The passage below is from Jellyfish age backwards by Nicklas Brendborg.
To test his theory on growth and longevity, McCay designed an experiment using rats. He divided the rats into three groups. The first group was fed normally, while the other two were fed a diet with significantly fewer calories than normal. McCay made sure the rats weren’t malnourished – they got all the vitamins and minerals they needed – just not enough calories. This type of diet has later been named ‘calorie restriction’.
As time went on, the rats in the experiment began to die, and McCay attentively noted their lifespans. After 1,200 days, only thirteen of the original 106 rats remained. Every single one of these rats was from one of the calorie-restricted groups. At the time, they had the dubious honour of being the oldest ever laboratory rats.
The rats seemed to prove McCay’s theory. Calorie restriction made them grow more slowly, and ultimately end up smaller, while also prolonging their life.
However, decades later, in the 1980s, two scientists, Richard Weindruch and Roy Walford, discovered that growth impediment isn’t actually necessary. Calorie restriction still prolongs the life of rodents even if they are allowed to grow to a normal size before their calorie intake is cut down.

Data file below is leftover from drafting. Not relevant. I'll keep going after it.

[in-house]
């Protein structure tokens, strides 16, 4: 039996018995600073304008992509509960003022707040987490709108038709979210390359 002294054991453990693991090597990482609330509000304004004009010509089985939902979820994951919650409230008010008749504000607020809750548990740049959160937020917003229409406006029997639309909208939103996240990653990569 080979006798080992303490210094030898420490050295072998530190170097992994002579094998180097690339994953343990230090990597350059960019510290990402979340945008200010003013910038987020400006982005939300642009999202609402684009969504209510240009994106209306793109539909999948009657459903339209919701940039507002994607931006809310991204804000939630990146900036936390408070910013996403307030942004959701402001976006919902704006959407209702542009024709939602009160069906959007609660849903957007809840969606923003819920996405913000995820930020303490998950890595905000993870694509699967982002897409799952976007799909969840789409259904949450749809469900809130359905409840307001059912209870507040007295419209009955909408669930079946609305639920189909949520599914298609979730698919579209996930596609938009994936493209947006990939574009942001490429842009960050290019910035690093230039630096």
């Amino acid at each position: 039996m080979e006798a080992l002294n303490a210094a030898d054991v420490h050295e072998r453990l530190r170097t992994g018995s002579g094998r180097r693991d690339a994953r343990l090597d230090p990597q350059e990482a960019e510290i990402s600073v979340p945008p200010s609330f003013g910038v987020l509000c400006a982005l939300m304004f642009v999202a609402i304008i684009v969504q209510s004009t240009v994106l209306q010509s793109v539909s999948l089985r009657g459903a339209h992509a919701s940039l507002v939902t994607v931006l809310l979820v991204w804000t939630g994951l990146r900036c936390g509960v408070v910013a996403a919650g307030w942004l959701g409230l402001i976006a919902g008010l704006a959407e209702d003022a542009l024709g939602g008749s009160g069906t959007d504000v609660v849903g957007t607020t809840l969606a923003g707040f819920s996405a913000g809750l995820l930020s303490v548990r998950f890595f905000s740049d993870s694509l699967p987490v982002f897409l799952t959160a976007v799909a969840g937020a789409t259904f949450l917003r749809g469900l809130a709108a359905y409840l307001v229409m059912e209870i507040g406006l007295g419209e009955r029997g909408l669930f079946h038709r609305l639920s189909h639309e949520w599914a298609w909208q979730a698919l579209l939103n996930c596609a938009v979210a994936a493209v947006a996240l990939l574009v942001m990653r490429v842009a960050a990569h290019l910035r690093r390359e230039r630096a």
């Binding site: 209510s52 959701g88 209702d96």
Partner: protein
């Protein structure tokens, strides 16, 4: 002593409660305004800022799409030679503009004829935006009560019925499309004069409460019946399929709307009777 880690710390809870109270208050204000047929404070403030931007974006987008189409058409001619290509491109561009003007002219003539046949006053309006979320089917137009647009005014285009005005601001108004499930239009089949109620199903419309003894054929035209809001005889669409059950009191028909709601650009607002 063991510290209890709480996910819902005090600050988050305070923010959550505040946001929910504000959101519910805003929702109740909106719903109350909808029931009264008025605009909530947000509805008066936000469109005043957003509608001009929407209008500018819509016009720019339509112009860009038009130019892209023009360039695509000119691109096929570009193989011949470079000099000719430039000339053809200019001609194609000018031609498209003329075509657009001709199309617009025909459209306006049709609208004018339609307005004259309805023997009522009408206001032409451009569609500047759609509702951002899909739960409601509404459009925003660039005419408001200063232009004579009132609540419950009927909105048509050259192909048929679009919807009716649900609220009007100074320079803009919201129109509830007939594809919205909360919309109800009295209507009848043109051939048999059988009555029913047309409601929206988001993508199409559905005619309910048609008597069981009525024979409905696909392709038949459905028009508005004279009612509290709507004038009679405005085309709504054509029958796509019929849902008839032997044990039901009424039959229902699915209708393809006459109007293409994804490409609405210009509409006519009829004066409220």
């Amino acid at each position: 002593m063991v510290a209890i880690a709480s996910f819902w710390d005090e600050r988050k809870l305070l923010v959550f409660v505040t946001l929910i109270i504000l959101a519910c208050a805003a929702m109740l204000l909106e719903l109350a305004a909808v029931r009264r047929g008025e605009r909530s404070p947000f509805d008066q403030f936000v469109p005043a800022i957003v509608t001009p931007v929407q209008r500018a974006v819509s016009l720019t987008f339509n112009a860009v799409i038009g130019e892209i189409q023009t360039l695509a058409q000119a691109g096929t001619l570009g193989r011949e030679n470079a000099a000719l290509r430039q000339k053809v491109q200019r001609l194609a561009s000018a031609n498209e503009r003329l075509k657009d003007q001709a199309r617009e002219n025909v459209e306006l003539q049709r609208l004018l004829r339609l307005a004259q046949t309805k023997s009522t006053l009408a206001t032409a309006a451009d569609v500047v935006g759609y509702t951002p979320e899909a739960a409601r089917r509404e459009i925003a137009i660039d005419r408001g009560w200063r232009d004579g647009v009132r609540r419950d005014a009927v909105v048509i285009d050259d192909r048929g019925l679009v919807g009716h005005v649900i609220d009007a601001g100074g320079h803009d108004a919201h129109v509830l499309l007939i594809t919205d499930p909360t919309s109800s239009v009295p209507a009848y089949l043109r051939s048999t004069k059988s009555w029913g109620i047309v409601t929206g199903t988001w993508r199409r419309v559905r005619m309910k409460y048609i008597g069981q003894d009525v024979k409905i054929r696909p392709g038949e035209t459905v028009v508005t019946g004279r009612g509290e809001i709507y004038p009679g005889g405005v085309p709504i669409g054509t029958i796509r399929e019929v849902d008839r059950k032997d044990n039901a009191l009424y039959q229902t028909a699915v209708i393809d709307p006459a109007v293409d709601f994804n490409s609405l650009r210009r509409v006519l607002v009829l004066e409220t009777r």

Weindruch and Walford also proved that there is a linear relationship between how much you limit calories and how much longer rodents live. Mice fed in abundance live the shortest lives. Mice that are somewhat calorie-restricted live longer. And so it continues until we reach the longest-lived mice of all: those that have been calorie-restricted almost to the point of starvation.
In this passage I cannot grasp why ‘dubious’ was used in this context. I think Dr. McCay could successfully prove his theory that ‘calorie restriction’ leads to longevity. And the long-lived rats that proved that theory should be fittingly honoured for that. Then why ‘dubious’ should be used in this sentence? I’m in the dark.
Thanks in advance.
Stenka25I cannot grasp why ‘dubious’ was used in this context.
"the dubious honour of ..." is almost a fixed expression in English.
The writer here is questioning whether this is really an honour or not. To him it doesn't seem like he would consider it an honour to be the world's oldest rats.
Note in the examples below how the situation marked as "an honour" (AmE, honor) is much less than an honour and can even be more like something to be ashamed of.
He had the dubious honor of being the first person buried at the Payson Cemetery.
Vice President Richard Nixon, in 1961, had the dubious honor of announcing his own defeat.
For decades, heart disease has had the dubious honor of being the leading killer of Americans.
The top county in Illinois for deer-vehicle collisions is Cook, with the dubious honor of 995 accidents in 2007.
For the second year in a row, the dubious honor of America's highest sales tax goes to Tuba City, Arizona.